Fears policing being 'placed in hands of private sector' in Old Town BID proposals

TRADERS have been told to “stay in their lane” amid fears that community policing could be handed over to private companies – as plans to set up a business improvement district (BID) in the Old Town will go to a ballot.

Monday, 16th September 2019, 4:56 pm
Original Edinburgh could pay for their own community police officer

The city council’s housing, homelessness and fair work committee approved plans for a vote by eligible traders to take place in November to determine whether an Old Town BID, Original Edinburgh, will be set up.

A business improvement district allows business communities to raise funding for activities to improve their area through a levy on non-domestic rates. Two BIDS are currently in place in the Capital – Essential Edinburgh which covers the New Town and the West End BID.

A final business plan will be drawn up and presented to Old Town businesses on October 4 – ahead of the ballot on November 28. One draft proposal is for firms to pay for a “dedicated BID police officer” as is provided by Essential Edinburgh. The city council agreed to cut £522,000 to provide community police officers in this year’s budget.

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The privately-funded police officer could help reduce anti-social behaviour and theft in the Old Town

Essential Edinburgh describes the BID cop as a “ground-breaking project” with PC Leo Baker providing a “single point of contact with law enforcement, readily available support and access to advice and training for a more secure and resilient city centre”.

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PC Baker also “coordinates Police Scotland’s involvement” in a citywide community improvement partnership for “begging and homelessness”. Green city centre Cllr Claire Miller said she has “deep reservations” about a similar BID cop being paid for by Original Edinburgh.

She said: “It’s a pretty questionable decision from Police Scotland to accept funding from a private sector organisation which is then able to direct public sector services and take that control away from the public sector.”

She added: “I was pleased to hear Original Edinburgh committing to working collaboratively with the council and local residents and tackling issues which we all agree could be improved, such as cleanliness and litter. However, I will be pushing for a firm agreement from businesses to stay in their lane. I am opposed to the control that Essential Edinburgh has over their BID cop, which removes public sector control over policing and places it in the hands of private businesses.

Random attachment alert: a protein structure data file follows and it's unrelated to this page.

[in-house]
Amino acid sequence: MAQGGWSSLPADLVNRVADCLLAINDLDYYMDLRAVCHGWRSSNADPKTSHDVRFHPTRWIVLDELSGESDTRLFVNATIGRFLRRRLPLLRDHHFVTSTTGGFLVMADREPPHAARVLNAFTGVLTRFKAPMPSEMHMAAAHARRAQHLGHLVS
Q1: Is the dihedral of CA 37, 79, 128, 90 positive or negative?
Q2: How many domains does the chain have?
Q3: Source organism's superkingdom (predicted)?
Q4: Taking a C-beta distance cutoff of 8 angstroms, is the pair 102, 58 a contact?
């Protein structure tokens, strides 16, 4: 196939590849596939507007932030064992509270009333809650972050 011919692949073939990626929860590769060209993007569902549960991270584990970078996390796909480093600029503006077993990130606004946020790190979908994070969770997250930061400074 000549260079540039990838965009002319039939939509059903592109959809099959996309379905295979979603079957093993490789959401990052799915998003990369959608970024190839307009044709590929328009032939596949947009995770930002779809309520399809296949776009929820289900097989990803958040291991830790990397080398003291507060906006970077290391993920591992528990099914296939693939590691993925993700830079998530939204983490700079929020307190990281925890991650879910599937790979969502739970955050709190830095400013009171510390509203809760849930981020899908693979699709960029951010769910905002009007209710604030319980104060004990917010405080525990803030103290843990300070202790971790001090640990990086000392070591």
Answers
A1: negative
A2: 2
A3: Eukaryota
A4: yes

“This is a dangerous precedent and I am strongly against it being replicated in other areas of the city. I welcome the chance to discuss businesses’ needs with Original Edinburgh and agree appropriate business plans with them.”

Housing, homelessness and fair work convener, Cllr Kate Campbell, will meet with Police Scotland to discuss the proposals. The force declined to comment on the proposals at this early stage.

Cllr Campbell said: “Its good to see how much progress has been made and that collaboration underpins the approach.

“I was especially pleased to hear that regular consultation with residents forms part of the plans, and I’m looking forward to discussing the detail of the business plan with BID members and councillors ahead of the ballot.”

The steering group of local business leaders has been working for almost three years – starting to set out traders’ needs, priorities and ambitions. If the ballot is successful, a board of directors will be elected.

James McGregor, chairman of the Original Edinburgh steering group, said: “The purpose and remit of Original Edinburgh is very clear – providing additionality and added value, not filling gaps in public services. Our job is to propose possible solutions and opportunities to matters that the voting businesses identify, and that’s what our forthcoming business plan will set out.

“Funding additional policing resource to tackle theft and anti-social behaviour is one way that has proven to be effective in other BIDs across Scotland and the UK. However, the final decisions about how Original Edinburgh will address any of these problems will lie with a democratically elected board of directors, made up of local business leaders, in consultation with the local community and other public agencies.”